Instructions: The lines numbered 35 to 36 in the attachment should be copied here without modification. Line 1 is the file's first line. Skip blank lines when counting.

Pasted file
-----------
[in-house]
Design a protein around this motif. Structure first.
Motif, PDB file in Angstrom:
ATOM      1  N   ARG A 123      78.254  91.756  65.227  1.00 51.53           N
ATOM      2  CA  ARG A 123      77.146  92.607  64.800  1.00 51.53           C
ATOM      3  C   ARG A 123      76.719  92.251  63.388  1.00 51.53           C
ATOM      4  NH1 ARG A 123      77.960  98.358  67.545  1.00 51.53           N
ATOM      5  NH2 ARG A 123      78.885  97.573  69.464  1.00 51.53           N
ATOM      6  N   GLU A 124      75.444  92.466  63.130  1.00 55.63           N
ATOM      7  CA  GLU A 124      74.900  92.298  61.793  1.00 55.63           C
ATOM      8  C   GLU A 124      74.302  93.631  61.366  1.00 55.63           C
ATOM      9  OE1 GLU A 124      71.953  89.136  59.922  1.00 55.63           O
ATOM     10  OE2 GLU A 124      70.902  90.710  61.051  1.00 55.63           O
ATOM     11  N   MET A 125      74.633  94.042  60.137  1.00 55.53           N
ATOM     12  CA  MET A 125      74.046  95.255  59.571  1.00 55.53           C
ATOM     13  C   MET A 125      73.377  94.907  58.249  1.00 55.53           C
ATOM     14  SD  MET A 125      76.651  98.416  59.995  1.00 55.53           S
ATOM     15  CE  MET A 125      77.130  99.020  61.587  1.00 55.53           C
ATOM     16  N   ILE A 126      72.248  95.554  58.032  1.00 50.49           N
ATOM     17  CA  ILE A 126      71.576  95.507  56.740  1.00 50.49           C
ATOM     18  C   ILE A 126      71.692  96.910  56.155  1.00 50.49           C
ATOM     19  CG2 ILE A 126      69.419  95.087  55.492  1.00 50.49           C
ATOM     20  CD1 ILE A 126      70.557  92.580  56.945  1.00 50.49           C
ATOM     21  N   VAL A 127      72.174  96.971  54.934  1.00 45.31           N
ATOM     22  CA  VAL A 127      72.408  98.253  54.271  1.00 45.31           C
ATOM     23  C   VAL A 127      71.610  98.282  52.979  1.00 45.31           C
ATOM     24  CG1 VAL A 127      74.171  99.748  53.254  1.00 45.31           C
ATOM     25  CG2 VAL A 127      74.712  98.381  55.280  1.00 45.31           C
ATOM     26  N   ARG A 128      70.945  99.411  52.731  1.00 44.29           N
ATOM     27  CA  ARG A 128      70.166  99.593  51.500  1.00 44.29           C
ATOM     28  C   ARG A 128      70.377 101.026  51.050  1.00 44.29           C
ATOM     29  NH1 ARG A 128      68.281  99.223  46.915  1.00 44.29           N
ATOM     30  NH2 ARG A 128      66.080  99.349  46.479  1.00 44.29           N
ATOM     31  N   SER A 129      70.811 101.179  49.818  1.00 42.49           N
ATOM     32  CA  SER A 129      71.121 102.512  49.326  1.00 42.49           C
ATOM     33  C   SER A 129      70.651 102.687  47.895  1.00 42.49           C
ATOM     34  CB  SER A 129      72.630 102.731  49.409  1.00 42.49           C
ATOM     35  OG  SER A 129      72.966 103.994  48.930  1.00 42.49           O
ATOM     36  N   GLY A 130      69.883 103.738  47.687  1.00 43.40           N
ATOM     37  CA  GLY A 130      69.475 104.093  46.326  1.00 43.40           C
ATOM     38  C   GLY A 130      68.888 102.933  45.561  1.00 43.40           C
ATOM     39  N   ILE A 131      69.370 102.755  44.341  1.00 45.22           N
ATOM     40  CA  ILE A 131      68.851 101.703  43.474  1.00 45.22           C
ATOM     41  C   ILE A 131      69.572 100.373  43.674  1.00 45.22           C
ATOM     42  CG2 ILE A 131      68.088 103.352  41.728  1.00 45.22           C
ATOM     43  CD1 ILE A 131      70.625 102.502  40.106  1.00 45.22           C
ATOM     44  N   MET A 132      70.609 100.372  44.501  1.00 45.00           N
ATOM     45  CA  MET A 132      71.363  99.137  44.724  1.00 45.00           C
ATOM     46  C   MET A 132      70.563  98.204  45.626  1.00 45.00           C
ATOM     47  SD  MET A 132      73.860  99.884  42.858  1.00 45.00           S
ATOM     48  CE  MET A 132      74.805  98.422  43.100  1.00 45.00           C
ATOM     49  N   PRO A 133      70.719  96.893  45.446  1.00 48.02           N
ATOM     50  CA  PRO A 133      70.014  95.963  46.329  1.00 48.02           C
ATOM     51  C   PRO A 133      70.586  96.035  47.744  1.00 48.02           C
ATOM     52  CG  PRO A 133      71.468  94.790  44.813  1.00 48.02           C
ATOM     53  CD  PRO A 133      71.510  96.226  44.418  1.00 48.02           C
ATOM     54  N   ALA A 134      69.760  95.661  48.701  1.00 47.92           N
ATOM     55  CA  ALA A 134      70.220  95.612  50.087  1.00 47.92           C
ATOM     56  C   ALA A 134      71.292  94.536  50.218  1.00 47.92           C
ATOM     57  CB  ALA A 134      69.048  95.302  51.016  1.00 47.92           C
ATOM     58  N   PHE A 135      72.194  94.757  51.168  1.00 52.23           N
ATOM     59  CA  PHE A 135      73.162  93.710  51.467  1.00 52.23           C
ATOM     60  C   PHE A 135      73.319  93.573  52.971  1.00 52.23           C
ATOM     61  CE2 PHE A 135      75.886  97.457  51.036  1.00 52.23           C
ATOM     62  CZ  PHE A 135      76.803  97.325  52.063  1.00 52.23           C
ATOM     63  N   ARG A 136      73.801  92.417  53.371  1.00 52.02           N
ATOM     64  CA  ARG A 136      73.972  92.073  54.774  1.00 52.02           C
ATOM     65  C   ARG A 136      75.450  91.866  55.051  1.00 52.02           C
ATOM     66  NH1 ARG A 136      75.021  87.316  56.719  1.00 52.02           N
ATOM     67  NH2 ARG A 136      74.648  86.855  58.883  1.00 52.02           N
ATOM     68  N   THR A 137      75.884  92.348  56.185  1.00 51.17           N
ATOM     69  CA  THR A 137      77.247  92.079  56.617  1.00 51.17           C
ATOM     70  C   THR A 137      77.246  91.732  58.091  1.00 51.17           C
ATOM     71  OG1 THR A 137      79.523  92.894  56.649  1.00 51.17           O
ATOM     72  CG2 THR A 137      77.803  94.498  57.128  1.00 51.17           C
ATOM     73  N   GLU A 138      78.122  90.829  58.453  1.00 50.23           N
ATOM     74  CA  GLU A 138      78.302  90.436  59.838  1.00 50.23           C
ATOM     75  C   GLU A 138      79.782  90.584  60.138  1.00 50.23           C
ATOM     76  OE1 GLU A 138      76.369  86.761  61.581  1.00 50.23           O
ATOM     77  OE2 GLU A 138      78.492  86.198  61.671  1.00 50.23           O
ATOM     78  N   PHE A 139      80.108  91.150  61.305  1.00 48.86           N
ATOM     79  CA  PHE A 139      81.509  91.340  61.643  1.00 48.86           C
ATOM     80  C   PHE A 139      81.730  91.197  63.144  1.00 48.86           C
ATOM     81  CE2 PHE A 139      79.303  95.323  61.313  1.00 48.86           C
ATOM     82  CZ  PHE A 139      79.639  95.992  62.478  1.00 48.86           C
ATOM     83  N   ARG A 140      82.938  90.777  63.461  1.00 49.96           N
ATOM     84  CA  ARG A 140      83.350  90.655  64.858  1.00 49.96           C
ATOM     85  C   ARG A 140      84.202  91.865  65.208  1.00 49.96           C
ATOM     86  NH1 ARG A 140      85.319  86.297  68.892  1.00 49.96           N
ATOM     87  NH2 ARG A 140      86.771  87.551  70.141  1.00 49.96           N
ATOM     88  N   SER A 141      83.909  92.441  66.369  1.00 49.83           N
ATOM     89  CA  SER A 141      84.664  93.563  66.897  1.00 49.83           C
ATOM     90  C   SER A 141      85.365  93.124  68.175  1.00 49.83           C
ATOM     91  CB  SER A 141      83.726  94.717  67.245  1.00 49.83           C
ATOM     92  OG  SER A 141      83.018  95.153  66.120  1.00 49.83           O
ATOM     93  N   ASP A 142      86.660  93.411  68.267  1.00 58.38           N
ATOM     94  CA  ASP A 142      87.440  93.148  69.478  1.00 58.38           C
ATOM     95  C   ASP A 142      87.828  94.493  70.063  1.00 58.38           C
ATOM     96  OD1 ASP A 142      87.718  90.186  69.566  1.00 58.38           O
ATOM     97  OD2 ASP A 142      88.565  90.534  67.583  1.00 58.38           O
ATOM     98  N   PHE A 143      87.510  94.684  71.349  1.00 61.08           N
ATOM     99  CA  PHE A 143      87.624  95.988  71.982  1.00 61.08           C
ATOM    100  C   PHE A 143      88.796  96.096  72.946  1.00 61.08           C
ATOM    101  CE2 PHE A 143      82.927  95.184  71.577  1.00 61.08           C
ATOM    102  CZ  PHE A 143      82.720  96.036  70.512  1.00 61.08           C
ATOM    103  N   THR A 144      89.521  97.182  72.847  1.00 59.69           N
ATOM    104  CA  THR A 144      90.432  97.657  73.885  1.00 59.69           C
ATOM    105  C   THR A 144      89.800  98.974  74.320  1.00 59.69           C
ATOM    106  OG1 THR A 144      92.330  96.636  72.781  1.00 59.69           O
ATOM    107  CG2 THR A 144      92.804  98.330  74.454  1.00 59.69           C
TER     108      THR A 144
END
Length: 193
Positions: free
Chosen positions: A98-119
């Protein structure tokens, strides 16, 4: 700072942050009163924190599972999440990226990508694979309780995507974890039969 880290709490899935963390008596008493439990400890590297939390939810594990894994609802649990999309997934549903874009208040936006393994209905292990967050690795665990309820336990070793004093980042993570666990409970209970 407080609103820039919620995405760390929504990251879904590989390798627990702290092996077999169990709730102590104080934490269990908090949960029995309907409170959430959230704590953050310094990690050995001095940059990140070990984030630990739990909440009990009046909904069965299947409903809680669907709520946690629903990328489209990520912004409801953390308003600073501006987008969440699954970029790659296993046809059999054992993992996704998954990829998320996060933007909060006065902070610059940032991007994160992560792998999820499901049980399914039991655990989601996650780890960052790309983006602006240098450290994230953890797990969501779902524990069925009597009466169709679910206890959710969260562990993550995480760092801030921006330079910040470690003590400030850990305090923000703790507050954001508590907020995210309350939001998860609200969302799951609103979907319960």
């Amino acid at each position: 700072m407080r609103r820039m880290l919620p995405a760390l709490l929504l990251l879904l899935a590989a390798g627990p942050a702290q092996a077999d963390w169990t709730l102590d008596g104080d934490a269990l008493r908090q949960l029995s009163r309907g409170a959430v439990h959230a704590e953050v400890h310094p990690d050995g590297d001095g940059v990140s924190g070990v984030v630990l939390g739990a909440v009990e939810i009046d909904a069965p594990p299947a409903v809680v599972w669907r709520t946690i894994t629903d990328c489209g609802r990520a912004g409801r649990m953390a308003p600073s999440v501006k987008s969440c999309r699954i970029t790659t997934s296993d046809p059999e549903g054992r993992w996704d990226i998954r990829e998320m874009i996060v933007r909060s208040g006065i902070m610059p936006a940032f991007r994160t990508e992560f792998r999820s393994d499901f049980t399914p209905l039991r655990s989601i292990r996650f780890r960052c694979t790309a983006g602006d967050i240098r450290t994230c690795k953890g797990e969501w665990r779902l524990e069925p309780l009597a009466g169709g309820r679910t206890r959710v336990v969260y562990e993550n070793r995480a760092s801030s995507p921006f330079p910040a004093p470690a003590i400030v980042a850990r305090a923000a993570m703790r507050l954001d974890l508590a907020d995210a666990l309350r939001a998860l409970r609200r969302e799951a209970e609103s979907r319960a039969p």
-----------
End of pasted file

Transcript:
ATOM     32  CA  SER A 129      71.121 102.512  49.326  1.00 42.49           C
ATOM     33  C   SER A 129      70.651 102.687  47.895  1.00 42.49           C